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High rates of variation in HLA-DQ2/DQ8 testing for coeliac disease: results from an RCPAQAP pilot program
  1. Martin Patrick Horan1,
  2. Sze Yee Chai1,
  3. Nalishia Munusamy1,
  4. Kwang Hong Tay1,
  5. Louise Wienholt1,
  6. Jason A Tye-Din2,3,
  7. James Daveson4,5,6,
  8. Michael Varney7,
  9. Tony Badrick1
  1. 1 RCPAQAP Molecular Genetics, St. Leonard’s, Sydney, New South Wales, Australia
  2. 2 Immunology Division, The Walter and Eliza Hall Institute of Medical Research, Parkville, Victoria, Australia
  3. 3 Gastroenterology Department, The Royal Melbourne Hospital, Parkville, Victoria, Australia
  4. 4 University of Queensland, Brisbane, Queensland, Australia
  5. 5 Wesley Medical Research, Brisbane, Queensland, Australia
  6. 6 St Andrew’s War Memorial Hospital, Brisbane, Queensland, Australia
  7. 7 Victorian Transplantation and Immunogenetics Service, Australian Red Cross Blood Service, Melbourne, Victoria, Australia
  1. Correspondence to Dr Martin Patrick Horan, RCPAQAP Molecular Genetics, St. Leonard’s, Sydney, NSW 2065, Australia; martin.horan{at}rcpaqap.com.au

Abstract

Aim Coeliac disease(CD) is a highly prevalent, gluten-dependent, autoimmune enteropathy. While the diagnosis is based on serological and histological criteria, genotyping of the human leucocyte antigens (HLA) DQ2 and DQ8 has been shown to have substantial clinical utility, especially in excluding the diagnosis in patients who do not carry either antigen. As a result, HLA genotyping is now being performed by more laboratories and has recently become one of the most frequently requested genetic tests in Australia. To date, there has been little scrutiny on the accuracy and reporting of results by laboratories new to HLA typing. In response to clinician feedback that identified potentially clinically significant discrepancies in HLA typing results, the Royal College of Pathologists of Australasia Quality Assurance Programs (RCPAQAP) undertook a pilot study to assess laboratory performance in the detection of HLA-DQ2/DQ8 and their associated HLA-DQA1 and HLA-DQB1 alleles.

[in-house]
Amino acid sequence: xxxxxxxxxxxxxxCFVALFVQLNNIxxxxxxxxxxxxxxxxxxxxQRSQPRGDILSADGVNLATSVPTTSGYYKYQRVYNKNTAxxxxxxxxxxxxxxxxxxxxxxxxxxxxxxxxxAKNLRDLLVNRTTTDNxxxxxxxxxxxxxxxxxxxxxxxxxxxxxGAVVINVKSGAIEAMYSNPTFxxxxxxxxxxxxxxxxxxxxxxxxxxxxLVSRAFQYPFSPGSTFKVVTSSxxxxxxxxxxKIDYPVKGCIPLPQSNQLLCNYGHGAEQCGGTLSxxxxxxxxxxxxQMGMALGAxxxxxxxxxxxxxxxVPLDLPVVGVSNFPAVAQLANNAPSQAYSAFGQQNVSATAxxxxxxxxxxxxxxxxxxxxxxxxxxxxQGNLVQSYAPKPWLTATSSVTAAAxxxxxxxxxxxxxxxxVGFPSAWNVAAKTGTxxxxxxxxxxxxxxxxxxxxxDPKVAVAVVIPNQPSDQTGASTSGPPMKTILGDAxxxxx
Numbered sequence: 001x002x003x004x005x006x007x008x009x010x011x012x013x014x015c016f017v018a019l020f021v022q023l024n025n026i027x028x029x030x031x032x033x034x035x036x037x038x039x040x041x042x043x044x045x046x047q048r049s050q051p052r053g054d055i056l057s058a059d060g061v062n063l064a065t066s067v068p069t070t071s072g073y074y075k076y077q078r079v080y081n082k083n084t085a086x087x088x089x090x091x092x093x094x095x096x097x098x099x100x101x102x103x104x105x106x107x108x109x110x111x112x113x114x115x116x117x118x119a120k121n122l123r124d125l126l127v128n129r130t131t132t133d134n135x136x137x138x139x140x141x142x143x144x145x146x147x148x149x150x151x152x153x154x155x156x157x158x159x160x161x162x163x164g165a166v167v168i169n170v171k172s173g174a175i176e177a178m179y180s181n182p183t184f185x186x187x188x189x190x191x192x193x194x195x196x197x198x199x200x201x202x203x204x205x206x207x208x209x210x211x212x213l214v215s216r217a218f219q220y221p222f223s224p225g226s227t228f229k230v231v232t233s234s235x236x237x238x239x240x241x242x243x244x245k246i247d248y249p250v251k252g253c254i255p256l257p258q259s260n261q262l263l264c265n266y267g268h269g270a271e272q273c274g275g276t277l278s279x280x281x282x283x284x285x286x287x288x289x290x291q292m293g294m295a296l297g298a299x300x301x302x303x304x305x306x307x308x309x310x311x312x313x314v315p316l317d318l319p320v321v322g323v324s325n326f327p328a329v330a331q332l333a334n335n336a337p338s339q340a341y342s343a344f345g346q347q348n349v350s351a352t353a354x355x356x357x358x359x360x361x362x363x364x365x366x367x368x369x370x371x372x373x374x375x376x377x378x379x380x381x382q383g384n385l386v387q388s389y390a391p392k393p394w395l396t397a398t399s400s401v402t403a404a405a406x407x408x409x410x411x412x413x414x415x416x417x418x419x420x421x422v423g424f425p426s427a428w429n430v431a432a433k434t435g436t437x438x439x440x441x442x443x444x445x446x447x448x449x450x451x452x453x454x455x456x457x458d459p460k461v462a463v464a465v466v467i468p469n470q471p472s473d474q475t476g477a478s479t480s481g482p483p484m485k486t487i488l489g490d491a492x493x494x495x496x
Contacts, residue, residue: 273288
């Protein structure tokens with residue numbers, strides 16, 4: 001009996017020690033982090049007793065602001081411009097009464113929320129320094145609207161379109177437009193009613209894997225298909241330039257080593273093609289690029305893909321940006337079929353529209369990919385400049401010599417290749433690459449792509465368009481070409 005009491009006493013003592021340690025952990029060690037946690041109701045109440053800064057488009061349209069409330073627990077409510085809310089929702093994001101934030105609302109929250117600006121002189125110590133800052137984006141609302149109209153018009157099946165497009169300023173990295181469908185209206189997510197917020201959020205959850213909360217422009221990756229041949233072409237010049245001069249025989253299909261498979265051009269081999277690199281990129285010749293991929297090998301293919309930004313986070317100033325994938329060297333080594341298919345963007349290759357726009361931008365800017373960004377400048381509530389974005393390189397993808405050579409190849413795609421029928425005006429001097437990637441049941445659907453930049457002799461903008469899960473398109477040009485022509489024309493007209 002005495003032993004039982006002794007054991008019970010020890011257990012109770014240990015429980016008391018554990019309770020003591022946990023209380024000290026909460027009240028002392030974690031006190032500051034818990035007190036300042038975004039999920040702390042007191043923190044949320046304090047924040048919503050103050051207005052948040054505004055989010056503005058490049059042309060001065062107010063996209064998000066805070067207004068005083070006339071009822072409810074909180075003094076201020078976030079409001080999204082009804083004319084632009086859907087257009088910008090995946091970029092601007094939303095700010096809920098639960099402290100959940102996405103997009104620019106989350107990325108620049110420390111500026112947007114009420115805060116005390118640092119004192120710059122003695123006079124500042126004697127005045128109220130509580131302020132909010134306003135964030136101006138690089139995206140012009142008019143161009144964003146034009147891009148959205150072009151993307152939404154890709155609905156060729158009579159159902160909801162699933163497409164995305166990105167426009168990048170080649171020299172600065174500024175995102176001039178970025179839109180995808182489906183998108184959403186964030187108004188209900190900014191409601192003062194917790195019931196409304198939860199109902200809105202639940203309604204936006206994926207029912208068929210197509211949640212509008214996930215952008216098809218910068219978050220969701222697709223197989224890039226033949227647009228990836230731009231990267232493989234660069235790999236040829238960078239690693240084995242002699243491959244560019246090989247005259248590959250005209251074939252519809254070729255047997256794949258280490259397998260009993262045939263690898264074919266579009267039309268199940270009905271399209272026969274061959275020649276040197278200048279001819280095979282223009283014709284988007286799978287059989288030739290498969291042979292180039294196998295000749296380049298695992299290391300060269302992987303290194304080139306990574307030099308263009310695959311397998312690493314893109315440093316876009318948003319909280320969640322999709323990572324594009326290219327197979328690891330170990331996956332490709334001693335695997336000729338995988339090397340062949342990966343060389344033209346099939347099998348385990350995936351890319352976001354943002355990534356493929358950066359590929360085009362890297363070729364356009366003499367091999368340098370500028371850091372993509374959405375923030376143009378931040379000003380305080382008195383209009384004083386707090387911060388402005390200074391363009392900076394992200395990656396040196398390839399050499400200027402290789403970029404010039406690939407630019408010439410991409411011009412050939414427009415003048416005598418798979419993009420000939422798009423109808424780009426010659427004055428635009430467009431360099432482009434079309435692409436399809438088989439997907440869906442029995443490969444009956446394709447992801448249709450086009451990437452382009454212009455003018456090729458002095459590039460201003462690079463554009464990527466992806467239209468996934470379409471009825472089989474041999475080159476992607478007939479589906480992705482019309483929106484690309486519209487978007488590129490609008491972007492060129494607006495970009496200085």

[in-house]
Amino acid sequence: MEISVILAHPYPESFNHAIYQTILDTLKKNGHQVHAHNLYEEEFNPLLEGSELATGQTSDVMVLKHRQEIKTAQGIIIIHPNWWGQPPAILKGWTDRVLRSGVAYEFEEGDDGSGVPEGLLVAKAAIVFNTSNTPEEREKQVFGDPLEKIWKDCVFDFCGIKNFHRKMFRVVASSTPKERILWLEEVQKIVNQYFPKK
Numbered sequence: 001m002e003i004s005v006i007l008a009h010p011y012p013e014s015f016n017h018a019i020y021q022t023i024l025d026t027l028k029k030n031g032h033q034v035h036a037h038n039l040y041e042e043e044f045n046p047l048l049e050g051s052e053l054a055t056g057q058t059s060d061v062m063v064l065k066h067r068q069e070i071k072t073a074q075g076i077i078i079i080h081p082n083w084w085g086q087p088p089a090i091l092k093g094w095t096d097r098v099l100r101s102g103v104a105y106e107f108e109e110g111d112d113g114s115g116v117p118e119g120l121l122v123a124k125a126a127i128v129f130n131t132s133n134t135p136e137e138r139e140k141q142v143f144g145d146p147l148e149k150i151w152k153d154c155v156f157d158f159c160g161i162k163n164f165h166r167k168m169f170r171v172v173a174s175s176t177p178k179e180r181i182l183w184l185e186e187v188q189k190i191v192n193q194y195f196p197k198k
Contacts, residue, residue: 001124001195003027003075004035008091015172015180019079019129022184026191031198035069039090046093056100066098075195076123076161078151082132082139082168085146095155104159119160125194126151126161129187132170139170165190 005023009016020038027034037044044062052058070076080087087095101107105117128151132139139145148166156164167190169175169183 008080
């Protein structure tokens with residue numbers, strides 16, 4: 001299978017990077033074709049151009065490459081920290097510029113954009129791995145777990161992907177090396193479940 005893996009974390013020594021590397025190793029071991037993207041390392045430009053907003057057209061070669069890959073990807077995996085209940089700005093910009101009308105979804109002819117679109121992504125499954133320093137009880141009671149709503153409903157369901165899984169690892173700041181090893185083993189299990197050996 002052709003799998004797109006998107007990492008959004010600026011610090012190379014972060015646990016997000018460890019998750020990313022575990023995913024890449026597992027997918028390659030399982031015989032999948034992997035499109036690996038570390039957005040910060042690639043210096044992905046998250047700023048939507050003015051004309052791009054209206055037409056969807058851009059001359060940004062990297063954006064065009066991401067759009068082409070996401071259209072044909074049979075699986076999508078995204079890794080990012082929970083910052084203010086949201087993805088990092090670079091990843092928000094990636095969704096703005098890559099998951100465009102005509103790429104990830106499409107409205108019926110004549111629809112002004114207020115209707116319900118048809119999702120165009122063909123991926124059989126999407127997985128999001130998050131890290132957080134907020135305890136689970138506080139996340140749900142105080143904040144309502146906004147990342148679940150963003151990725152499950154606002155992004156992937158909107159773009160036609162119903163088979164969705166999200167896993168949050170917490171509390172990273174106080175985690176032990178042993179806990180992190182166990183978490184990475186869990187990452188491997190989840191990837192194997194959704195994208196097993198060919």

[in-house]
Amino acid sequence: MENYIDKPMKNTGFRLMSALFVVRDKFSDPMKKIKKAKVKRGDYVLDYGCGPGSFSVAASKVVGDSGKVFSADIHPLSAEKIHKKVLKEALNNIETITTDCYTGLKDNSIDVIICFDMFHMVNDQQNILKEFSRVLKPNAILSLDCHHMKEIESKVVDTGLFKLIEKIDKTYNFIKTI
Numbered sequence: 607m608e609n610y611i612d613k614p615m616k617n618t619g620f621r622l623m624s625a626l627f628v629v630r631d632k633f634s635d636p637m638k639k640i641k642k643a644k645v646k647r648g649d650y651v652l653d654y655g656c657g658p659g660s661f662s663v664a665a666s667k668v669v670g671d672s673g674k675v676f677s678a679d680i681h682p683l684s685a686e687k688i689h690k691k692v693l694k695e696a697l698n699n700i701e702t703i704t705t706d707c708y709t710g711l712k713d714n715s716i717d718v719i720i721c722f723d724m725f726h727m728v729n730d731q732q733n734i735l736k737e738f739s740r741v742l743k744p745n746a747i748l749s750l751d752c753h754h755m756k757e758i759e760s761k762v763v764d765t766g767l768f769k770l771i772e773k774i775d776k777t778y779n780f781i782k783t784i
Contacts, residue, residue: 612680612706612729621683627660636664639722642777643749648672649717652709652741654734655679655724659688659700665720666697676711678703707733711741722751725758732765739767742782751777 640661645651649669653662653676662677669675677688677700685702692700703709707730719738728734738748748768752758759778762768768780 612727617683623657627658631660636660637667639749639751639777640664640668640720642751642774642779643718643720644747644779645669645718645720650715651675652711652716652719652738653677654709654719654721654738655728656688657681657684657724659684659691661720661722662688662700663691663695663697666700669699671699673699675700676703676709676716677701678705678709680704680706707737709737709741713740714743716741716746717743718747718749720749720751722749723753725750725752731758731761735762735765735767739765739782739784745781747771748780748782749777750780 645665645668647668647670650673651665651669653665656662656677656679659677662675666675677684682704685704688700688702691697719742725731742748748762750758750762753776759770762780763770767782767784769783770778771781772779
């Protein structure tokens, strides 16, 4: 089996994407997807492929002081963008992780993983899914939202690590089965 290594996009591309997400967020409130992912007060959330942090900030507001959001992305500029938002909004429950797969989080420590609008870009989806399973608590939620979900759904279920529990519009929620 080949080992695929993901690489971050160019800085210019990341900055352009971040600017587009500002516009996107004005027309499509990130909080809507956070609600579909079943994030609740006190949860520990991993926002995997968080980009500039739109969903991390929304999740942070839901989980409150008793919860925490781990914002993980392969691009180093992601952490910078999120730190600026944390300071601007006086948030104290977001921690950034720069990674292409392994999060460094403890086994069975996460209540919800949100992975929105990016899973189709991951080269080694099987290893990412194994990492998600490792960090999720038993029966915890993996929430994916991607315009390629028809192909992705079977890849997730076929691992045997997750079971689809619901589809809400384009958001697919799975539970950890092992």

Methods DNA was extracted from 5 patients and sent to 10 laboratories for external quality assurance (EQA) testing. Laboratories were assessed for reporting in genotyping, interpretation and methodology.

Results Our findings showed that at least 80% of laboratories underperform with respect to recommended guidelines for HLA typing and reporting for CD, with 40% of laboratories failing to provide any clinical interpretation or full genotyping data. This suboptimal level of reporting may lead to ambiguities for downstream clinical interpretation that may compromise patient management.

Conclusions These findings highlight the importance of adherence to standardised guidelines for optimal performance and reporting of HLA results and substantiate the need for EQA and proficiency testing for laboratories providing this service.

  • coeliac disease
  • quality assurance
  • HLA

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Footnotes

  • Handling editor Runjan Chetty.

  • Contributors MPH, SYC, NM, LW, JAT-D, JD, MV and TB designed the study, analysed the data, drafted and revised the manuscript. KHT performed the experiments, analysed the data and revised the manuscript.

  • Funding The authors have not declared a specific grant for this research from any funding agency in the public, commercial or not-for-profit sectors.

  • Competing interests JAT-D is a coinventor of patents pertaining to the use gluten peptides in therapeutics, diagnostics and non-toxic gluten in coeliac disease. He is a shareholder of Nexpep Pty Ltd and a consultant to ImmusanT Inc. Nexpep Pty Ltd and ImmusanT Inc. were formed to develop novel diagnostics and treatments for coeliac disease. This work was designed, developed, prepared and funded by the RCPAQAP. Other authors have no competing interests to declare.

  • Patient consent Not required.

  • Ethics approval RCPA Quality Assurance Programs Pty Limited.

  • Provenance and peer review Not commissioned; externally peer reviewed.

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